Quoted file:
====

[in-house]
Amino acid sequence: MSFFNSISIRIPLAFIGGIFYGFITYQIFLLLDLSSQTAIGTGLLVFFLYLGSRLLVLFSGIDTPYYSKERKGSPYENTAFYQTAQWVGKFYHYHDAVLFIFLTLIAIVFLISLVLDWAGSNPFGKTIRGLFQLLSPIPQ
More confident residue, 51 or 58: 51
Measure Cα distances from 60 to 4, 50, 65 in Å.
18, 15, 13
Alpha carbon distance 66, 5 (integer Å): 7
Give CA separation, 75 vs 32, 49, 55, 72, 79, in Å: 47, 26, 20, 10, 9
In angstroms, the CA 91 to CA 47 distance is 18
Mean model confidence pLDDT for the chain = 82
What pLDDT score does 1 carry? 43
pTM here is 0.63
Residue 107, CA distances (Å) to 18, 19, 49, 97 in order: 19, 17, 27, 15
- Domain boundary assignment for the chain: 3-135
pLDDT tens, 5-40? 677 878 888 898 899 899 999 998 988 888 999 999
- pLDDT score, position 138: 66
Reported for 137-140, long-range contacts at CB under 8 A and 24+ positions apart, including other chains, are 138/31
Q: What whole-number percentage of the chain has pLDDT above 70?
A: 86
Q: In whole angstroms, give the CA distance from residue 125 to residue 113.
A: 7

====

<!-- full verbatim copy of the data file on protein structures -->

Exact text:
[in-house]
Amino acid sequence: MSFFNSISIRIPLAFIGGIFYGFITYQIFLLLDLSSQTAIGTGLLVFFLYLGSRLLVLFSGIDTPYYSKERKGSPYENTAFYQTAQWVGKFYHYHDAVLFIFLTLIAIVFLISLVLDWAGSNPFGKTIRGLFQLLSPIPQ
More confident residue, 51 or 58: 51
Measure Cα distances from 60 to 4, 50, 65 in Å.
18, 15, 13
Alpha carbon distance 66, 5 (integer Å): 7
Give CA separation, 75 vs 32, 49, 55, 72, 79, in Å: 47, 26, 20, 10, 9
In angstroms, the CA 91 to CA 47 distance is 18
Mean model confidence pLDDT for the chain = 82
What pLDDT score does 1 carry? 43
pTM here is 0.63
Residue 107, CA distances (Å) to 18, 19, 49, 97 in order: 19, 17, 27, 15
- Domain boundary assignment for the chain: 3-135
pLDDT tens, 5-40? 677 878 888 898 899 899 999 998 988 888 999 999
- pLDDT score, position 138: 66
Reported for 137-140, long-range contacts at CB under 8 A and 24+ positions apart, including other chains, are 138/31
Q: What whole-number percentage of the chain has pLDDT above 70?
A: 86
Q: In whole angstroms, give the CA distance from residue 125 to residue 113.
A: 7